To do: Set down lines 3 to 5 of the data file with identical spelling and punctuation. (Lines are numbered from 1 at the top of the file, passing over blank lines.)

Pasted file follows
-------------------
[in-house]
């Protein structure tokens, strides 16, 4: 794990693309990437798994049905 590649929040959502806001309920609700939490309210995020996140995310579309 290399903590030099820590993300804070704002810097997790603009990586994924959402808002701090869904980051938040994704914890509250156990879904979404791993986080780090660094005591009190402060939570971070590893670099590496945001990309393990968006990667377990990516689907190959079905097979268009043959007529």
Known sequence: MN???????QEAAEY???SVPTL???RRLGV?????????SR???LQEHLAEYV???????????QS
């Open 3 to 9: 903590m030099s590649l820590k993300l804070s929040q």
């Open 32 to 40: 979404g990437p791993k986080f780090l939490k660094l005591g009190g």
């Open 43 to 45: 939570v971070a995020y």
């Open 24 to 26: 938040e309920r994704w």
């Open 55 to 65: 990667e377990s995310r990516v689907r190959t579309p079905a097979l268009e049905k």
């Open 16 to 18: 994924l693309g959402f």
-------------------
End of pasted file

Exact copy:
Known sequence: MN???????QEAAEY???SVPTL???RRLGV?????????SR???LQEHLAEYV???????????QS
């Open 3 to 9: 903590m030099s590649l820590k993300l804070s929040q």
């Open 32 to 40: 979404g990437p791993k986080f780090l939490k660094l005591g009190g």